Civil War II: Because The First One Wasn’t Upsetting Enough

**SPOILER ALERT**

Just when you think you get to take a break from all the Marvel drama…they go and release Civil War II. Though I am excited to see one of my favorite artist/writer pairs teaming up on this arc, will they be enough to create a successful successor to the smash hit storyline? Let’s take a look at this new series of trauma and drama and get ready to ask even more existential and philosophical questions, which we all know will eventually be answered with fists.

Get ready to choose your side…again.

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After reading the first two issues, I can say one thing definitively:

This arc will not have the same cultural impact that its predecessor did.

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Civil War II: Issue 1, Page 17

Why?

Marvel has managed to create some major hype and interest in a storyline that doesn’t seem to be taking any risks.

The basic storyline to this series is a dividing philosophical question: if you could foresee bad things before they happen, should you do something about it? Do you dare run the risk of changing the future, not knowing for sure if you’re not making it any better in the long run?

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Civil War II: Issue 1, Page 16

An interesting question to be sure…but there’s no real substance to it. Unlike the first Civil War arc, which based its question as a metaphor for so many issues plaguing the modern world (like the gun control debate), Civil War II is keeping its distance from anything tangible in the non-comics world. The question, no matter what the outcome, had no bearing on reality, and thus is forever condemned to remain philosophical.

There’s no controversy to this one.

However, don’t take my disappointment in the main issue as a bad review. This arc does pose an interesting problem, even if it will forever remain an unrealistic one to me and the rest of the comic-reading world. Additionally, this arc pairs Brian Michael Bendis and David Marquez (from my favorite Invincible Iron Man 2015 run). Between Bendis’ witty writing and Marquez’s sketchbook style and expressive art, I couldn’t wait to get my hands on the first issue.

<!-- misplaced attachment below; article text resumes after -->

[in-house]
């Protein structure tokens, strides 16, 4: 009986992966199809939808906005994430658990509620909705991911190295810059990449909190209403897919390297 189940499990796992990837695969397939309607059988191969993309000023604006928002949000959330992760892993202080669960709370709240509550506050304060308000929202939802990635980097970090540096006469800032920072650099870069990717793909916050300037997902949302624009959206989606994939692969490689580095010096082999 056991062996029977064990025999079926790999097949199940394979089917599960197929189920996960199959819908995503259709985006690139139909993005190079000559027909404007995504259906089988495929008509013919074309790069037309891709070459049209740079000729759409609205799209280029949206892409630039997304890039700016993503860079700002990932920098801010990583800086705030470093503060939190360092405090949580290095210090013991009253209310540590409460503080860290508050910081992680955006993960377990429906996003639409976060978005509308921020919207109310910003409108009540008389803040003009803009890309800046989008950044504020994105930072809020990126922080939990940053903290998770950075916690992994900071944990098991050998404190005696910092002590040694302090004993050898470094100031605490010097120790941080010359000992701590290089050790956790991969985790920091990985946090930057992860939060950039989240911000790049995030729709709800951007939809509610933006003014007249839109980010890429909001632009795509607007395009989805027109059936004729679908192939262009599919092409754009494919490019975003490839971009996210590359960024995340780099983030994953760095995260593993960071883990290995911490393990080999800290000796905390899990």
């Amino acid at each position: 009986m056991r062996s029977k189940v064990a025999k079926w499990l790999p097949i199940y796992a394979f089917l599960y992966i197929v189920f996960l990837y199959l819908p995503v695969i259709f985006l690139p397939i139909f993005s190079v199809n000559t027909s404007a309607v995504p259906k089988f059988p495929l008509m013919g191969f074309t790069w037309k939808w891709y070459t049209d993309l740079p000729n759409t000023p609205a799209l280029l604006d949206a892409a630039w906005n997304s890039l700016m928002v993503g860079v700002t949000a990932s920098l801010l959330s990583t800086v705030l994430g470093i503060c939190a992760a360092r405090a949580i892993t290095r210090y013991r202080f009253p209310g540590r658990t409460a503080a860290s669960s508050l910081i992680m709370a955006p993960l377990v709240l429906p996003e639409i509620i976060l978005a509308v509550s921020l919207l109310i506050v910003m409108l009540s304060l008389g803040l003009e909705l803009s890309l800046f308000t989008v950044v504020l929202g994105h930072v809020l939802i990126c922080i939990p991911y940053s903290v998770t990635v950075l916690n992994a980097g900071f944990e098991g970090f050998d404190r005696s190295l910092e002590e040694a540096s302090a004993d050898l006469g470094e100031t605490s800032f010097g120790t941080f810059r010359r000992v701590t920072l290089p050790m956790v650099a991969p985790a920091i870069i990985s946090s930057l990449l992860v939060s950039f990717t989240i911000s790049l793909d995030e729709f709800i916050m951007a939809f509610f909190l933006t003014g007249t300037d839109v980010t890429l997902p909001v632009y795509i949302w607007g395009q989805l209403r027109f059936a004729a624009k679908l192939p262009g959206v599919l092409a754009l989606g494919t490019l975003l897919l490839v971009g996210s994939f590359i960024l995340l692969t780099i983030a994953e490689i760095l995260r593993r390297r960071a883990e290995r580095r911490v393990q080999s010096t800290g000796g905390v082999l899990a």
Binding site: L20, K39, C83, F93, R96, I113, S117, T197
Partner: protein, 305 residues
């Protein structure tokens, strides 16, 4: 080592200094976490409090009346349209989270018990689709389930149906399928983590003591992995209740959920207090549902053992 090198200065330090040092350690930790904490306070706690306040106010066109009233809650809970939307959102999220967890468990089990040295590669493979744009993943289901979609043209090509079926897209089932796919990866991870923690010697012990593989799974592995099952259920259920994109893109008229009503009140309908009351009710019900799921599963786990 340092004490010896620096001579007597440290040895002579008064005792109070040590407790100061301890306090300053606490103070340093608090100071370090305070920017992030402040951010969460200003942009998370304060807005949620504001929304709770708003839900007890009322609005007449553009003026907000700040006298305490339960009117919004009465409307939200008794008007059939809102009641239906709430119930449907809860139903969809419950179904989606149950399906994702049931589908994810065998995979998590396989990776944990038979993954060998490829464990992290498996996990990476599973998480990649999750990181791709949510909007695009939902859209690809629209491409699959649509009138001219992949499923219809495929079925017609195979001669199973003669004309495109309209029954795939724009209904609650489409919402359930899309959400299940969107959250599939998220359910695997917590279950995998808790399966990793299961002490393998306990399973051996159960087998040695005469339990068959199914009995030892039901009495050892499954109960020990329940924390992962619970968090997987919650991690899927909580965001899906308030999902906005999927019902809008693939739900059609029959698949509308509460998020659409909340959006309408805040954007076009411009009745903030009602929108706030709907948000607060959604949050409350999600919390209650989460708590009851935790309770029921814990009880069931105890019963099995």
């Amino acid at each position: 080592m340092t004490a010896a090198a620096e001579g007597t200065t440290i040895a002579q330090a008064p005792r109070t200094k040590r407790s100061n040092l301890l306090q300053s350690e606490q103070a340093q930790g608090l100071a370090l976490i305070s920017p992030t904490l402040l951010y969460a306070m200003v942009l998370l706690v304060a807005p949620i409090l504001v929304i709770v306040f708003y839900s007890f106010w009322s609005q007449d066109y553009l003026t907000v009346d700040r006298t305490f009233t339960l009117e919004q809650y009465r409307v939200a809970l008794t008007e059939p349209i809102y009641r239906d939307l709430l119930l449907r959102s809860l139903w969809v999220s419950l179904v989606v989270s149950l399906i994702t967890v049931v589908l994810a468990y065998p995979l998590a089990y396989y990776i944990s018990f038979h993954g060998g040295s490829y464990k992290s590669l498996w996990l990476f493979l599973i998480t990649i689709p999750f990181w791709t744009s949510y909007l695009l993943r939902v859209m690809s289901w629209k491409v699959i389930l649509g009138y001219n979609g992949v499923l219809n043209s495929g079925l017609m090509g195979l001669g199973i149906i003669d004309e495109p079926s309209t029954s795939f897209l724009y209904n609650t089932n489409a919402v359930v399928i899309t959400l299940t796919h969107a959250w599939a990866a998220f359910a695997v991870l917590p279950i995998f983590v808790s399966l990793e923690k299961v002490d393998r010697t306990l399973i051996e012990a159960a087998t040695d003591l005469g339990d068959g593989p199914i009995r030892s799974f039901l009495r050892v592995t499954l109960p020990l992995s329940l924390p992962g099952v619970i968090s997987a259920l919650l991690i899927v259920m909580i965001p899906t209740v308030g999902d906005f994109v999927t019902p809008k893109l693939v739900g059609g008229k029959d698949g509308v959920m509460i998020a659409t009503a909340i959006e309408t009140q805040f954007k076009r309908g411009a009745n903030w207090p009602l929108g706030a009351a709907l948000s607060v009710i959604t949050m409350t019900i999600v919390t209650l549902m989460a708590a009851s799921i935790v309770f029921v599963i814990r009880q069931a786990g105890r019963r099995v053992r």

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Civil War II: Issue 1, Page 20

And I wasn’t disappointed, either. This arc combines several of my favorite people: Tony Stark, Carol Danvers, Kamala Khan, Miles Morales, the Inhumans, the X-Men…..

Basically the entire Marvel Universe.  Which is good, because the first Civil War arc touched every corner of the never-ending character world, affecting everyone from Cap and Tony to the Fantastic Four to lesser-known heroes like Patriot.

Extensive cast, clash of ideals, philosophical question…

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Civil War II: Issue 1, Page 21

Even if this arc doesn’t measure up controversy wise to the original, it feels like it’s going to be one hell of a ride. Except, as I said before, Marvel is not taking any real risks here. With the gun control debate reaching a boiling point, and the American political system more polarized than ever, taking a stand might actually land the company in some hot water.

So instead, they just made it personal.

Iron Man loses War Machine.

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Civil War II: Issue 1, Page 25

Captain Marvel loses She-Hulk.

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Civil War II: Issue 1, Page 34

This narrative is very quickly becoming a condensed and personal story, instead of a longer, broad-sweeping, episodic run. Which isn’t bad, it’s just safer.

Personally, I don’t blame Marvel for wanting to stay out of the political sphere. I mean, have you seen it? Yeesh!  But, to some readers, given the impact both the original Civil War arc had culturally, as well as the more recent impact the (very different) film has had on the movie-verse…. This might feel like a let-down.

However, it still gets my seal of approval as an arc. I love the art, writing style and premise. Just don’t expect to be as provoked as you were in 2007.

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